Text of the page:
The potential role of social protection in the development process has received heightened recognition in recent years, yet making a strong investment case for social protection remains particularly challenging in many emerging and developing countries. This report challenges us to think deeply about the economic rationale for social protection investments through an inclusive development lens. It helps us understand the links between social protection, growth and inequality; how to measure those links empirically; social protection’s impact on inclusive growth; and how to build a more solid economic case for greater social protection investments.The report adds to the debate on social protection in three ways. First, it proposes a methodological framework to conceptualise and measure the impact of social protection on what the OECD defines as inclusive growth. Second, it provides new empirical evidence on the impact of different social protection programmes on inclusive growth. Third, it helps strengthen the case for greater investments in social protection while also calling for better data to measure impacts.
  • 19-April-2019

    English

    Energy Policies of IEA Countries: Sweden 2019

    Sweden is leading the way towards a low-carbon society. In recent years, the country has adopted an energy and climate framework with ambitious long‑term and interim goals, including a target of 100% renewable energy in electricity generation by 2040. In this review of Sweden’s energy policies, the International Energy Agency (IEA) looks at how the country is managing its energy transition, as well as how this transition affects energy security.Sweden’s electricity system – based on nuclear, hydro and a growing share of wind power – is nearly fossil‑free. The country, which is well interconnected with its neighbours, has become a large net exporter of electricity. However, the power sector faces uncertainty from the likely phase‑out of nuclear within the next few decades. The challenge will be to maintain stability while more variable forms of renewable energy enter the system to replace nuclear power.Sweden’s energy policies give preference to technology‑neutral measures and market mechanisms, with the aim to reduce emissions in a cost‑effective way. Carbon taxation in particular has been an effective driver of decarbonisation, and Sweden has showed that high environmental taxes can be combined with sustained economic growth. As the electricity and heat supply is largely decarbonised, the main challenge for Sweden is to reduce emissions in the transport sector, which gets special attention in the review.In this report, the IEA provides recommendations for further improvements of Sweden’s energy policy to help the country continue to transform its energy sectors in a secure, affordable and environmentally sustainable manner.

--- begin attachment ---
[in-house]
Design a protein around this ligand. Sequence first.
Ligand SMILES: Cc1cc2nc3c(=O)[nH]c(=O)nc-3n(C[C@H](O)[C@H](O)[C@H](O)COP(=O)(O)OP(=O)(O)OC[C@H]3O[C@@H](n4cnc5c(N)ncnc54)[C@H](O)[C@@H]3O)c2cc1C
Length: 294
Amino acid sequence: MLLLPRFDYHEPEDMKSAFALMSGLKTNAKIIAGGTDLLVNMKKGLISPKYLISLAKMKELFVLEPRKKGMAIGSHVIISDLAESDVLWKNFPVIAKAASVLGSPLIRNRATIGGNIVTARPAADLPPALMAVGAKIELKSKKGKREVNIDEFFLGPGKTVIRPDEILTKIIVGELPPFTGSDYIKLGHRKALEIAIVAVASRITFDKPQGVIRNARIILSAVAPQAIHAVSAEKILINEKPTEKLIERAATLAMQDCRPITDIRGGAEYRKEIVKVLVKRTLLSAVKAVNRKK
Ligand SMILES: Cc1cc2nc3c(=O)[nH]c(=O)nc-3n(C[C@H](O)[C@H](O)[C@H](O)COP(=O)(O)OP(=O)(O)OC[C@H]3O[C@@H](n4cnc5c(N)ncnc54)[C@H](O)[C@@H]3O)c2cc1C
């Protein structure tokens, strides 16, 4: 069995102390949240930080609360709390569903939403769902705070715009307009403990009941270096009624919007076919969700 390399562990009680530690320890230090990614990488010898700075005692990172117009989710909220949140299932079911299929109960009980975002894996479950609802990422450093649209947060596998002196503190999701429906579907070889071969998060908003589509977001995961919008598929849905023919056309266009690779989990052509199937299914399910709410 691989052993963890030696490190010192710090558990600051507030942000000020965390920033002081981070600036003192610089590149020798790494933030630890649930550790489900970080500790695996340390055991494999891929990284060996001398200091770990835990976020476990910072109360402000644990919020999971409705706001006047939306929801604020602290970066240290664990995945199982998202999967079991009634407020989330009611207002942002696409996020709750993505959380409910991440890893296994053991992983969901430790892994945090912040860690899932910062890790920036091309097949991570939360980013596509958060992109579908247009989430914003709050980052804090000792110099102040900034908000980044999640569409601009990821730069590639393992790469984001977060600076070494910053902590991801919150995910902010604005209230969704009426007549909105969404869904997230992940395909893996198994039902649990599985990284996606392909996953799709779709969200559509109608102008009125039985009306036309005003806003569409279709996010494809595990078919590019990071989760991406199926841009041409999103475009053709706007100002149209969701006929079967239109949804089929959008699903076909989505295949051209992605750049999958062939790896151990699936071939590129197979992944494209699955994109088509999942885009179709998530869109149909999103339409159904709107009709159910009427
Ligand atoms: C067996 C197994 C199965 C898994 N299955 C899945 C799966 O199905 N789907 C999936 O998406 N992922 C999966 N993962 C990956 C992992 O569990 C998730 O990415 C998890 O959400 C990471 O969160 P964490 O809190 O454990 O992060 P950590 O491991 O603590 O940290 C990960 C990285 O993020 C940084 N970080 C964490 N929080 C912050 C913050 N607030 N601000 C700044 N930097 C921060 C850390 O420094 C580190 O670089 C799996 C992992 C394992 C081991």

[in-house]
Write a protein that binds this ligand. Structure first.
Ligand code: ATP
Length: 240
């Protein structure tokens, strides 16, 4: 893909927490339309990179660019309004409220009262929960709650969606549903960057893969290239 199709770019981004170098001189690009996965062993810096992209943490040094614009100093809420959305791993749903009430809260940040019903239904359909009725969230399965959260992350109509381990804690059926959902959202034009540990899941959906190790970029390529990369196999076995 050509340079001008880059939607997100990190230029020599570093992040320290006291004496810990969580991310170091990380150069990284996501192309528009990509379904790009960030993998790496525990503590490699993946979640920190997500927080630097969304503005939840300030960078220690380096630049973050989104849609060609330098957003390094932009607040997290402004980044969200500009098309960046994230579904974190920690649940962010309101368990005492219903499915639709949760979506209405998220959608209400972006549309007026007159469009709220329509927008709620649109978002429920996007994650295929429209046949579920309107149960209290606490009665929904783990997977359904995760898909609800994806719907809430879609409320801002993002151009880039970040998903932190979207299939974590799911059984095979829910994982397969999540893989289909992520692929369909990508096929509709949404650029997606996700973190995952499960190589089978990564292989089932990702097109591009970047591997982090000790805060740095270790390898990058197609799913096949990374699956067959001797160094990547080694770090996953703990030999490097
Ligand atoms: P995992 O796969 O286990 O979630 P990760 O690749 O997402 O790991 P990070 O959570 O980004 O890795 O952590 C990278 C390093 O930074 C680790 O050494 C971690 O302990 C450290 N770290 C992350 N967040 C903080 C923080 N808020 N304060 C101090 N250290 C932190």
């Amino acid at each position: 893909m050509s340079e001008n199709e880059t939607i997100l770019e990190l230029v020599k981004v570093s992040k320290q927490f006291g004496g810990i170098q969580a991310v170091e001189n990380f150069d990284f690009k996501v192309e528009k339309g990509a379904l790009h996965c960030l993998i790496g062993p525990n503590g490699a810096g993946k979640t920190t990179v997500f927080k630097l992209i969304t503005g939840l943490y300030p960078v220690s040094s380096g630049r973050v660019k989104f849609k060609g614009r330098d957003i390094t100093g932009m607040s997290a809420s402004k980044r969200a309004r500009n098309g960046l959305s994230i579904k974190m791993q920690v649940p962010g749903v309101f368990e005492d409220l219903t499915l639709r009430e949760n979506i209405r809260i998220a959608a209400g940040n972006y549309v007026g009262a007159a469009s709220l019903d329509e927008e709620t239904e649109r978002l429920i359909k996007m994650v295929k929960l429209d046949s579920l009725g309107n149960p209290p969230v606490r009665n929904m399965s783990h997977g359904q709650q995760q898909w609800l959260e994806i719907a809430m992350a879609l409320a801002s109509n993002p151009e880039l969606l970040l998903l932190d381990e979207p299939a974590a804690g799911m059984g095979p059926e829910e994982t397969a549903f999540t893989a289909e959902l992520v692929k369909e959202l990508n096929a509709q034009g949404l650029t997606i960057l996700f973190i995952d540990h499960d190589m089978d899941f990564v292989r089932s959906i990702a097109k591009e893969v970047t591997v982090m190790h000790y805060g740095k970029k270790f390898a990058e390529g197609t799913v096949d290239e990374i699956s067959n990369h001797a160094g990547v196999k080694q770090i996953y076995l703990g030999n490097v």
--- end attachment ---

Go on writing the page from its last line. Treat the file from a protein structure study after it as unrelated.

• 19-April-2019

    English

    Energy Policies of IEA Countries: Ireland 2019

    The International Energy Agency (IEA) has conducted in-depth peer reviews of the energy policies of its member countries since 1976. This process supports energy policy development and encourages the exchange of international best practices and experiences. This report on Ireland discusses the challenges faced as well as possible solutions to help the country’s energy sector continue towards a secure and sustainable future.Despite making substantial advances to transform its energy sector, Ireland is not on course to meet its 2020 greenhouse gas emissions reduction target. The decarbonisation of heating in buildings, one focus of this report, is a particular challenge.In a more positive development, wind power accounted for around one-quarter of total generation in 2017 – the third-highest share of all IEA member countries. Additionally, this report suggests that Ireland has considerable scope to further advance alternative means of transport and public transport infrastructure, especially in urban areas.In this report, the IEA provides recommendations for further improvements of Ireland’s energy policy to help the country continue to transform its energy sectors in order to meet the emissions reduction target for 2030.